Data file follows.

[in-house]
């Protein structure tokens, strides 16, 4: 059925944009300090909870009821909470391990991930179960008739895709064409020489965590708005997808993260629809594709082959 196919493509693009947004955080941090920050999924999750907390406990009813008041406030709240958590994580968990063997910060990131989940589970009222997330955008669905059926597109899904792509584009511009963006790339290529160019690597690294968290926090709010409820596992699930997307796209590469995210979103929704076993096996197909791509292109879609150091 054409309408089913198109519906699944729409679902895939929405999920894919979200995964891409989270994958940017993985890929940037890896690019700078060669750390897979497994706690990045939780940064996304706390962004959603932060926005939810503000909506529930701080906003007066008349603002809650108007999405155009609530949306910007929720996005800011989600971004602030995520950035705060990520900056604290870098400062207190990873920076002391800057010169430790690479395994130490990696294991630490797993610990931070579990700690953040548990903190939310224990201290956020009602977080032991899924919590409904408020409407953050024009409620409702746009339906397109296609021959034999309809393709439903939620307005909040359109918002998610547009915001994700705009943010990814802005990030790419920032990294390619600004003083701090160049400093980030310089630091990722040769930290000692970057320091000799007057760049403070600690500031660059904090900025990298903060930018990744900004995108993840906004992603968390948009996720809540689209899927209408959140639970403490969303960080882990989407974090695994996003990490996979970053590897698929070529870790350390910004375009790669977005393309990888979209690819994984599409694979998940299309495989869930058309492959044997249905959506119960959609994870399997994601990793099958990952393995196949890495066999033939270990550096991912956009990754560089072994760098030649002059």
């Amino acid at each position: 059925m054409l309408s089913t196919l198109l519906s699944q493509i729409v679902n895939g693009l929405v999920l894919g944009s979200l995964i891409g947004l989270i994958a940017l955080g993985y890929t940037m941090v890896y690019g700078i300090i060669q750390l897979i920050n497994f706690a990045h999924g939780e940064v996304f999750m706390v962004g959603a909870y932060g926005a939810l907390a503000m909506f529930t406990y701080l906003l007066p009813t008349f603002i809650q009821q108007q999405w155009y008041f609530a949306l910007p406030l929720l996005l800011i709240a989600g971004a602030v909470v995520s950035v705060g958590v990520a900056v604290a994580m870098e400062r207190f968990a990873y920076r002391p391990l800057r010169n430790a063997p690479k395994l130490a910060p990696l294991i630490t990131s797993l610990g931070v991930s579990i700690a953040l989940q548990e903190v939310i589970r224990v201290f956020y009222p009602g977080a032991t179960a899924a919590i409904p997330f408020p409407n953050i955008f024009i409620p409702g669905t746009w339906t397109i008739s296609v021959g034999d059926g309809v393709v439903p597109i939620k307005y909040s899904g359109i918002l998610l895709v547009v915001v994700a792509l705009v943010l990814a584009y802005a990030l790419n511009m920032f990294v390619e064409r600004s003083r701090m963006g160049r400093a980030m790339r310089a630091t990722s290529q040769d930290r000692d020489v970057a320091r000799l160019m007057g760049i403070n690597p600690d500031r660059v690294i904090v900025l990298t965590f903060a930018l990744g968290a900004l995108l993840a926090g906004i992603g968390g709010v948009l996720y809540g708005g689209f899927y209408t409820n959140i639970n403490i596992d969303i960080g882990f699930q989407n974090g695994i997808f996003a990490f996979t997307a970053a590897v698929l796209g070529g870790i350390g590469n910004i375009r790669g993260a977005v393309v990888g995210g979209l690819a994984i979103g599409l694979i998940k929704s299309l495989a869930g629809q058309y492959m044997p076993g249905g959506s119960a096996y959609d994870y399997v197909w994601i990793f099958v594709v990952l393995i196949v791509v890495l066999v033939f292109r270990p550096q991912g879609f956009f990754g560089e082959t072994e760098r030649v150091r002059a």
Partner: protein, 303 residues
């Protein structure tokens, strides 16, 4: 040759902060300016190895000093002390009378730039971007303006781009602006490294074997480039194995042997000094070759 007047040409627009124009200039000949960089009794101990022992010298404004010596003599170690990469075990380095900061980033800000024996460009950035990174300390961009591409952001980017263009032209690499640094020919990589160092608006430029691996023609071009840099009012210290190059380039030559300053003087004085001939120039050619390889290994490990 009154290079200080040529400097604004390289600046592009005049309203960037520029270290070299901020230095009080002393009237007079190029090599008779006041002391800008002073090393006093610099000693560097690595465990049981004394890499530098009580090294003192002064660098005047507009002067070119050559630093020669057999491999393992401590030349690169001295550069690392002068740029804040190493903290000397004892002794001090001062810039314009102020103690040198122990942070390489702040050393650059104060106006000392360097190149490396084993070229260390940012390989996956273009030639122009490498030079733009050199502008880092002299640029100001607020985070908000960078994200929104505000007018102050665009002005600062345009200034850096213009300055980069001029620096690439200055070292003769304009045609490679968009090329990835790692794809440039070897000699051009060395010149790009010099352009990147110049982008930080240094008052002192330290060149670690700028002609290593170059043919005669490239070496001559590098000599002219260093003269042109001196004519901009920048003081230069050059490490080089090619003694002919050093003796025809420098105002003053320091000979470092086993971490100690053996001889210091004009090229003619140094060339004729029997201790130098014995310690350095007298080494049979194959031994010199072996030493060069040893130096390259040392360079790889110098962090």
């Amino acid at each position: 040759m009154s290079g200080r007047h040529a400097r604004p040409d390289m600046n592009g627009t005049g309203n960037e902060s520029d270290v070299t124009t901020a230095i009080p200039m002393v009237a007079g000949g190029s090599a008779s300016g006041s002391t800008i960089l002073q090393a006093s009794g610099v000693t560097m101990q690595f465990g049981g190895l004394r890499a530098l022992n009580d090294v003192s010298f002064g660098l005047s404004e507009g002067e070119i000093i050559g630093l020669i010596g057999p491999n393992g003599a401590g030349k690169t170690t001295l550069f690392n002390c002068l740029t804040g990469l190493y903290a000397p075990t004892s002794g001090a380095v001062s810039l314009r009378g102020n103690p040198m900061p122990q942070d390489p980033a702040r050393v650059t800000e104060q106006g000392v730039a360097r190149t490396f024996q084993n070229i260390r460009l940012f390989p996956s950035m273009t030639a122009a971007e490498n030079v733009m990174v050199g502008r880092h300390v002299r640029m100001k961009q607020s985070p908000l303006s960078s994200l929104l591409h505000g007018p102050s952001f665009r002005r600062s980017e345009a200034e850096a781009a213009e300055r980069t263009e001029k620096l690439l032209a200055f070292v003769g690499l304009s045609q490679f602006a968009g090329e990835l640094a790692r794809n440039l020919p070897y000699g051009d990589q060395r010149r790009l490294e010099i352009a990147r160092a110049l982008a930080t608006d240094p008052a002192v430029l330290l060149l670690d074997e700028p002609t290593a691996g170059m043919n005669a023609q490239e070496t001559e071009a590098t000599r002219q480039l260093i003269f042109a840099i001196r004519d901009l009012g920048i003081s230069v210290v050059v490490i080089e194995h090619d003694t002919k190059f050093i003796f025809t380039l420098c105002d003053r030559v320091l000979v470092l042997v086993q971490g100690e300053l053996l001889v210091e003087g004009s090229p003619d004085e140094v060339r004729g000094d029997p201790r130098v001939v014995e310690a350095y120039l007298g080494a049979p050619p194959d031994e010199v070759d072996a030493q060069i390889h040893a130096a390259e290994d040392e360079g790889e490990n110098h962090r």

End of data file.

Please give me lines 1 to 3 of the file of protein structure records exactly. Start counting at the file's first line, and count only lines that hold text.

[in-house]
């Protein structure tokens, strides 16, 4: 059925944009300090909870009821909470391990991930179960008739895709064409020489965590708005997808993260629809594709082959 196919493509693009947004955080941090920050999924999750907390406990009813008041406030709240958590994580968990063997910060990131989940589970009222997330955008669905059926597109899904792509584009511009963006790339290529160019690597690294968290926090709010409820596992699930997307796209590469995210979103929704076993096996197909791509292109879609150091 054409309408089913198109519906699944729409679902895939929405999920894919979200995964891409989270994958940017993985890929940037890896690019700078060669750390897979497994706690990045939780940064996304706390962004959603932060926005939810503000909506529930701080906003007066008349603002809650108007999405155009609530949306910007929720996005800011989600971004602030995520950035705060990520900056604290870098400062207190990873920076002391800057010169430790690479395994130490990696294991630490797993610990931070579990700690953040548990903190939310224990201290956020009602977080032991899924919590409904408020409407953050024009409620409702746009339906397109296609021959034999309809393709439903939620307005909040359109918002998610547009915001994700705009943010990814802005990030790419920032990294390619600004003083701090160049400093980030310089630091990722040769930290000692970057320091000799007057760049403070600690500031660059904090900025990298903060930018990744900004995108993840906004992603968390948009996720809540689209899927209408959140639970403490969303960080882990989407974090695994996003990490996979970053590897698929070529870790350390910004375009790669977005393309990888979209690819994984599409694979998940299309495989869930058309492959044997249905959506119960959609994870399997994601990793099958990952393995196949890495066999033939270990550096991912956009990754560089072994760098030649002059």
């Amino acid at each position: 059925m054409l309408s089913t196919l198109l519906s699944q493509i729409v679902n895939g693009l929405v999920l894919g944009s979200l995964i891409g947004l989270i994958a940017l955080g993985y890929t940037m941090v890896y690019g700078i300090i060669q750390l897979i920050n497994f706690a990045h999924g939780e940064v996304f999750m706390v962004g959603a909870y932060g926005a939810l907390a503000m909506f529930t406990y701080l906003l007066p009813t008349f603002i809650q009821q108007q999405w155009y008041f609530a949306l910007p406030l929720l996005l800011i709240a989600g971004a602030v909470v995520s950035v705060g958590v990520a900056v604290a994580m870098e400062r207190f968990a990873y920076r002391p391990l800057r010169n430790a063997p690479k395994l130490a910060p990696l294991i630490t990131s797993l610990g931070v991930s579990i700690a953040l989940q548990e903190v939310i589970r224990v201290f956020y009222p009602g977080a032991t179960a899924a919590i409904p997330f408020p409407n953050i955008f024009i409620p409702g669905t746009w339906t397109i008739s296609v021959g034999d059926g309809v393709v439903p597109i939620k307005y909040s899904g359109i918002l998610l895709v547009v915001v994700a792509l705009v943010l990814a584009y802005a990030l790419n511009m920032f990294v390619e064409r600004s003083r701090m963006g160049r400093a980030m790339r310089a630091t990722s290529q040769d930290r000692d020489v970057a320091r000799l160019m007057g760049i403070n690597p600690d500031r660059v690294i904090v900025l990298t965590f903060a930018l990744g968290a900004l995108l993840a926090g906004i992603g968390g709010v948009l996720y809540g708005g689209f899927y209408t409820n959140i639970n403490i596992d969303i960080g882990f699930q989407n974090g695994i997808f996003a990490f996979t997307a970053a590897v698929l796209g070529g870790i350390g590469n910004i375009r790669g993260a977005v393309v990888g995210g979209l690819a994984i979103g599409l694979i998940k929704s299309l495989a869930g629809q058309y492959m044997p076993g249905g959506s119960a096996y959609d994870y399997v197909w994601i990793f099958v594709v990952l393995i196949v791509v890495l066999v033939f292109r270990p550096q991912g879609f956009f990754g560089e082959t072994e760098r030649v150091r002059a």